Learn more about Tania here.

Hey!  Where Are All the Kids Then?

Facilitated by Sara and Simon Archard

Insoll Children and Families play group emerged from a previous play group and research involving a refugee community.  The current playgroup is teacher led and held once a week for children 0-5 years and their families where English is an additional language.  The ethnic and cultural identities of the current participants include Japanese, South Korean, Chinese and New Zealander.  This workshop will talk about the development of the play group, some practices and routines and reflections/impressions of the group by parents and the co-ordinators.  Of particular note will be the sharing of some aspirations of parents for their children and what this group provides for them and their children.  The session will also consider the sustainability of this play group and where professional development and research might have a place.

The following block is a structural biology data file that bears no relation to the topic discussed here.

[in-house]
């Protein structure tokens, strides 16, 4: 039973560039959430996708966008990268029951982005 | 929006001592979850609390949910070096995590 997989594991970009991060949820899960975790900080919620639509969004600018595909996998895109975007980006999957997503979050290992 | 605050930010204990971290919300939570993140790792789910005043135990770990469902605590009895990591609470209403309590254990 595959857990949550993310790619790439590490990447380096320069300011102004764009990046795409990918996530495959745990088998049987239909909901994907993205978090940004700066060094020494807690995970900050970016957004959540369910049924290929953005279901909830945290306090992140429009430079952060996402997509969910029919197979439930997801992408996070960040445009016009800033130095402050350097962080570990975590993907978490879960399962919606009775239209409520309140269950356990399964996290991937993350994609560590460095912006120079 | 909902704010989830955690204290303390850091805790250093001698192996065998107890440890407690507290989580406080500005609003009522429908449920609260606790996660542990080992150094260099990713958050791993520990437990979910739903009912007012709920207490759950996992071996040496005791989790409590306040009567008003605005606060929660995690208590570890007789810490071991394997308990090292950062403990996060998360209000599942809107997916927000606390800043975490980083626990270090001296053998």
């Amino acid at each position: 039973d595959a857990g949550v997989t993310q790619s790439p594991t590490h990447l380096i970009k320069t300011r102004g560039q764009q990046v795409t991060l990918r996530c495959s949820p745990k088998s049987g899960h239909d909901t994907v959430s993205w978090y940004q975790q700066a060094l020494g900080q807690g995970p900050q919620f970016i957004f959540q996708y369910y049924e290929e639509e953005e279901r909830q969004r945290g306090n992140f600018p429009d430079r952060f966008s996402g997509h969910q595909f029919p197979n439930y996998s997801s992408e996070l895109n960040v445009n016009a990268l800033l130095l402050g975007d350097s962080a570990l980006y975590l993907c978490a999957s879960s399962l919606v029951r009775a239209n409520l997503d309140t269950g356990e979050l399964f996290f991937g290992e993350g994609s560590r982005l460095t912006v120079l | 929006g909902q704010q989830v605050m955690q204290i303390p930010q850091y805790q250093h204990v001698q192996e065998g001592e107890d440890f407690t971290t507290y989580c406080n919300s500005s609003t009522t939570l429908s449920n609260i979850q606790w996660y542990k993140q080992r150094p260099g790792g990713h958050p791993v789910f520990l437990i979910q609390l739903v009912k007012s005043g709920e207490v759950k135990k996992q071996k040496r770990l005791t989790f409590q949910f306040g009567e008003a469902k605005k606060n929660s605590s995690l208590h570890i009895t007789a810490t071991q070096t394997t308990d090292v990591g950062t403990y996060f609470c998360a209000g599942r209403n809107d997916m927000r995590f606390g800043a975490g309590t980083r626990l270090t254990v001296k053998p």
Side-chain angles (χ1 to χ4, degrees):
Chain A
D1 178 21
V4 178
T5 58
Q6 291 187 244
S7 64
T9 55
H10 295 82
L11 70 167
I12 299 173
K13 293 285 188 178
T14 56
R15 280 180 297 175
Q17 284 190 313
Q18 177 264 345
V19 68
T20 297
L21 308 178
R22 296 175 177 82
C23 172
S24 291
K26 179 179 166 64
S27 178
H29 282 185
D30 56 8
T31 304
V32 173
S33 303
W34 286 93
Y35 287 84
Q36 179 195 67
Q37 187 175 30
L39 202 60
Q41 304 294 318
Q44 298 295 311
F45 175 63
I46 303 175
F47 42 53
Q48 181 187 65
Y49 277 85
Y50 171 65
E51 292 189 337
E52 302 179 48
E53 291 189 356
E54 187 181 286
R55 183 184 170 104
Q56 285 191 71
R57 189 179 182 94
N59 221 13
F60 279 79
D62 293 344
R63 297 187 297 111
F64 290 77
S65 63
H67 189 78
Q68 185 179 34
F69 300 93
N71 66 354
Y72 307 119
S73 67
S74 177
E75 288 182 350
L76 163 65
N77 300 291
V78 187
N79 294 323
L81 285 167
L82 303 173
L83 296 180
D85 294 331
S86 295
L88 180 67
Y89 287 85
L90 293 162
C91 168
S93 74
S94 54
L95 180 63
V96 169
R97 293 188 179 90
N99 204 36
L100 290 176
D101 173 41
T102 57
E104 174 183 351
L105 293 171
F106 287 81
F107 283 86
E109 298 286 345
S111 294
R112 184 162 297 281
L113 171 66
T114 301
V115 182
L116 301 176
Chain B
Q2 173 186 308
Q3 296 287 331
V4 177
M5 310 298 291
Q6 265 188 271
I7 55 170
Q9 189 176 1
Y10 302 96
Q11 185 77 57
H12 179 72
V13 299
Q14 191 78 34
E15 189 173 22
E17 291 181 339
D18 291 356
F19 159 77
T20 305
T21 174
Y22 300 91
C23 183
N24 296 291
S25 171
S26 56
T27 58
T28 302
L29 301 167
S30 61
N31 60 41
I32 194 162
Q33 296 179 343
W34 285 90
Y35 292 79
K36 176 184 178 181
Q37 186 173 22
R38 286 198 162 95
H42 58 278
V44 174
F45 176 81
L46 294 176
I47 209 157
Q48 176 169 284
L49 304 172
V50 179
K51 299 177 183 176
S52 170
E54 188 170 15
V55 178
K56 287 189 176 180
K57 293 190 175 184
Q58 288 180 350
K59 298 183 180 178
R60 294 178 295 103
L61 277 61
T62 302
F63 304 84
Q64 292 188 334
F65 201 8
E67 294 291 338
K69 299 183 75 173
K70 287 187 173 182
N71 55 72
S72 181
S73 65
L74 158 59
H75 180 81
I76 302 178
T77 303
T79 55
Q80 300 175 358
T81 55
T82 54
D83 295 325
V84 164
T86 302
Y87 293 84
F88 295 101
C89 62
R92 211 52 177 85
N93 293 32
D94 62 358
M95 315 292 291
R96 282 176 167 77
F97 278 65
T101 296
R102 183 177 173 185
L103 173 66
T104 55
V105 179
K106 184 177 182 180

Learn more about Sara and Simon here.

Please click here to enrol in your choice for workshop 2.

Workshop 3 - 4:30pm - 6:00pm

Sustainability and Environmental Possibilities: Thinking Through Some of the Issues to Become More Sustainable - A Practical Workshop

Facilitated by Donya Feci and Kerry Neas

Education for sustainability has been building momentum in Early childhood.  In this workshop we will look at why it’s important, looking through 3 lenses, identity, culture of care and language.  It will be an interactive workshop where ideas and resources are shared.

Learn more about Donna and Kerry here.

Toku Reo, Toku Ohooho - My Language, My Awakening

Facilitated by Lynn Rupe